“Many years ago,” he began, “in Cape Breton, where I grew up, there was a road crew building a new road through the highlands. Now, they wanted to build the road as straight as they could, so they went through an old field. In the middle of the field was a grove of alder trees.
“An old farmer warned the crew that the grove was growing over a fairy mound. Terrible things would happen to anyone who set foot on fairy land or cut down a fairy tree.
“Most of the men were afraid of the fairy folk and started talking about building the road around the grove. However, the foreman of the crew was a city man and didn't believe in fairytales. He ordered the men to cut down the grove, but they refused. Some of the other men didn't believe in fairies either, but they were not willing to risk their lives to prove it.
“After yelling at the men, the foreman tried to bribe them. Some of the less superstitious men were tempted, but the others stopped them by saying, ‘If you're wrong, you won't be around to enjoy the money.'
“The foreman threatened to fire them all if someone didn't cut down the grove soon. Some of the men were nervous, but one of the smarter ones pointed out that it would be easier to just go around the grove. Road building would be delayed for weeks if a new crew had to be hired, and there was no guarantee that the new crew would be any more willing to cut down the grove then they were.
“‘Fine,' said the foreman, ‘I'll just do it myself.'
“The foreman took an axe and marched up to the closest alder tree. With several quick strokes the tree came tumbling down. ‘See, nothing bad happened to me.' As he was talking, several small sparks of light jumped out of the fallen tree, circled the foreman a couple of times, and disappeared into the grove.
“All the men quickly moved several yards away from the grove and kept their distance from the foreman when he tried to move toward them.
“‘What are you afraid of?' said the foreman. ‘Those were just fireflies or something like them. They sure weren't fairies. See, nothing bad has happened to me.'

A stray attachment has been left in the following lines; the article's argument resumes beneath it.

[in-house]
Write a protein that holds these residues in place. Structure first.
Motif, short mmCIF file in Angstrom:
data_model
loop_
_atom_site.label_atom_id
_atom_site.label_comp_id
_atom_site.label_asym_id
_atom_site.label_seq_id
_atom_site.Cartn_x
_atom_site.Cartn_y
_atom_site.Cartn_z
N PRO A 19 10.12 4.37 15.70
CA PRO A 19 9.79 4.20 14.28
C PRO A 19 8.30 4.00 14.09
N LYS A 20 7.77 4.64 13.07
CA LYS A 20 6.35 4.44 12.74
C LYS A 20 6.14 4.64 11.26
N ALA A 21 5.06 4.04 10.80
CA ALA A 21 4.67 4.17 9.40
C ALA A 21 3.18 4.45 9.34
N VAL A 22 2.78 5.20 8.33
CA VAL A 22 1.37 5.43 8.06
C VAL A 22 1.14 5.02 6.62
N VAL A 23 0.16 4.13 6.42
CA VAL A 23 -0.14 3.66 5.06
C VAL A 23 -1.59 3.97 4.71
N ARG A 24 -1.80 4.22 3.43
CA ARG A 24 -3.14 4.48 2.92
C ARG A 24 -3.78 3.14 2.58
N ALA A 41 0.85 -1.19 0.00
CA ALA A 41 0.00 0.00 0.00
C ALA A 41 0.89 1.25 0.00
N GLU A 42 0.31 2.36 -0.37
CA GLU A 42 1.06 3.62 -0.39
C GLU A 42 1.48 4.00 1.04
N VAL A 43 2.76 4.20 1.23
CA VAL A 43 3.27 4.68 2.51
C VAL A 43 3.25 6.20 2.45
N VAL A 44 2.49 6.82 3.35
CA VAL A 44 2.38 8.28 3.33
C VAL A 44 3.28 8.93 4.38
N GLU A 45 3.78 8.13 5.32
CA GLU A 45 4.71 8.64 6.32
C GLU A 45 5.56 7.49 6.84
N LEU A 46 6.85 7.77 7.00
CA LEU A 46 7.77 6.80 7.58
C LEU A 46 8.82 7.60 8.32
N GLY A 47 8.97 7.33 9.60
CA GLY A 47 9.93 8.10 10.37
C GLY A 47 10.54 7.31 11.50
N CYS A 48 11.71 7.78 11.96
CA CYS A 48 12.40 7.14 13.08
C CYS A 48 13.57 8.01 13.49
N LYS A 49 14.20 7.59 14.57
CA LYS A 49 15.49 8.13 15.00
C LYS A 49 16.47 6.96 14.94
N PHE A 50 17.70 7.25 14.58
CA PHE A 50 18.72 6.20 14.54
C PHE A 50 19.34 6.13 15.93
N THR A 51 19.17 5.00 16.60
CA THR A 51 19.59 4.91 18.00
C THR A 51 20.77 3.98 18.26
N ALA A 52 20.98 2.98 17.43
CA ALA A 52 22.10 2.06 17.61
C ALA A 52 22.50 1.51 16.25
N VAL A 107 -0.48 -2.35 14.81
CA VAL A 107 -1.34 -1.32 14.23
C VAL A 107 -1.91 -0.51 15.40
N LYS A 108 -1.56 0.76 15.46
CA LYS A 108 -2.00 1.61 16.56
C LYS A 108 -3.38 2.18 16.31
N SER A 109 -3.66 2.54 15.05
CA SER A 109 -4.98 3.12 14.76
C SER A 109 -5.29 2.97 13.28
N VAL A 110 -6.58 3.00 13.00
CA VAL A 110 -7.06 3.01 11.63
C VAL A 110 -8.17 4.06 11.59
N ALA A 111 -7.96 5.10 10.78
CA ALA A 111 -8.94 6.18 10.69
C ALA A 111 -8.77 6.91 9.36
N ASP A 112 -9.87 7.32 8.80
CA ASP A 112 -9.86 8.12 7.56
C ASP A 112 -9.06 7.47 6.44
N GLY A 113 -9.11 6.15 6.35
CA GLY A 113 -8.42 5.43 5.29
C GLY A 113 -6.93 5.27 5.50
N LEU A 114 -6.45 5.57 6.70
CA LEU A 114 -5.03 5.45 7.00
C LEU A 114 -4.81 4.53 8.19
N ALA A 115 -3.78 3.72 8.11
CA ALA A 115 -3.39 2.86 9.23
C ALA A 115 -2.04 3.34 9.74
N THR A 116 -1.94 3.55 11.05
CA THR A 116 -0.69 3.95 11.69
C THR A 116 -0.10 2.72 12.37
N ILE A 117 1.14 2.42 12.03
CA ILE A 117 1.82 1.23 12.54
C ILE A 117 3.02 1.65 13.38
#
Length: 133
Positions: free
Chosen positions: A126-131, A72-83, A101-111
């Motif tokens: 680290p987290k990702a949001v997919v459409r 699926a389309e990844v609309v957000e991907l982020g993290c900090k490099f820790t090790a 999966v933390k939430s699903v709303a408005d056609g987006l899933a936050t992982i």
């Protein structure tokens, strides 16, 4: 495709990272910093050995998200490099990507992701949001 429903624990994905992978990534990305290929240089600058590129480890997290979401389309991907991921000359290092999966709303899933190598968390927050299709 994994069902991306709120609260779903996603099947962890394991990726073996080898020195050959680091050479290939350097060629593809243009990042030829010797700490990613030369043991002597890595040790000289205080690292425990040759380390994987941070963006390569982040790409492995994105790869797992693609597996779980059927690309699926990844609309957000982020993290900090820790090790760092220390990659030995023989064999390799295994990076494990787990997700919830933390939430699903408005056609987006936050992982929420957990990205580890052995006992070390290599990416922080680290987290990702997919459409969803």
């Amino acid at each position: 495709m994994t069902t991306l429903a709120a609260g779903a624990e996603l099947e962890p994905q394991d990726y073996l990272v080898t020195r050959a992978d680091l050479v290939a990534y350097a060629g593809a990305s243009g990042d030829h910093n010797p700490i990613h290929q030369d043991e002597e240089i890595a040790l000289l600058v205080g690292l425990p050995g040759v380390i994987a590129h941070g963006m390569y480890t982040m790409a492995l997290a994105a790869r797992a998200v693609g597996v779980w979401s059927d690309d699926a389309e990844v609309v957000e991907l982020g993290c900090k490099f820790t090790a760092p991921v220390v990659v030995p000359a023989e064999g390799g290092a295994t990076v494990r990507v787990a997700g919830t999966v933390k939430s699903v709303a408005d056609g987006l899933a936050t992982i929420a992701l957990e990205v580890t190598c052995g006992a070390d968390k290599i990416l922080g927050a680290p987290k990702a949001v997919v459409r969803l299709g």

“Nothing the foreman said did any good however, and the road crew made the road go around the grove anyway.
“The next day, the foreman didn't come to work. Nor did he come the next day. Later it was found out that he had come down with pneumonia during the night and was sick in bed. The doctor tried everything he could to cure him but he died a few days later.
“The story of the foreman cutting down the alder tree spread all over, and soon everyone knew the dangers of touching the fairies' grove. As far as I know, that grove is still there today.”
Grandpa finished the last of his hot chocolate. “Well, you better get to bed. You’ve had a long, hard day, Susie. You better get to bed as well, Brad.”
“Thanks for the story, Grandpa.” Susan gave him a kiss on the forehead. “Good night, Grandma.” She gave her grandmother a hug and went up stairs to brush her teeth.
“Yea, good night.” Brad went upstairs after her.
Grandma had made up Susan’s mother’s old room for her, and she tried to imagine what it must have been like for her mother to live here. Brad was in their aunt’s old room. When they were younger, they both shared the same room, while their parents used the other room. This was the first time she had her mother’s room all to herself.
I wonder where Mom is right now, Susan thought. I hope she’s okay. She crawled into bed and tried to go to sleep. I hope tomorrow is a better day than today was.
Susan dreamed about a large man who grabbed her and threw her into a grove of trees where a group of fairies tortured her all night.
Continued in "The Tree on the Dike - chapter 6"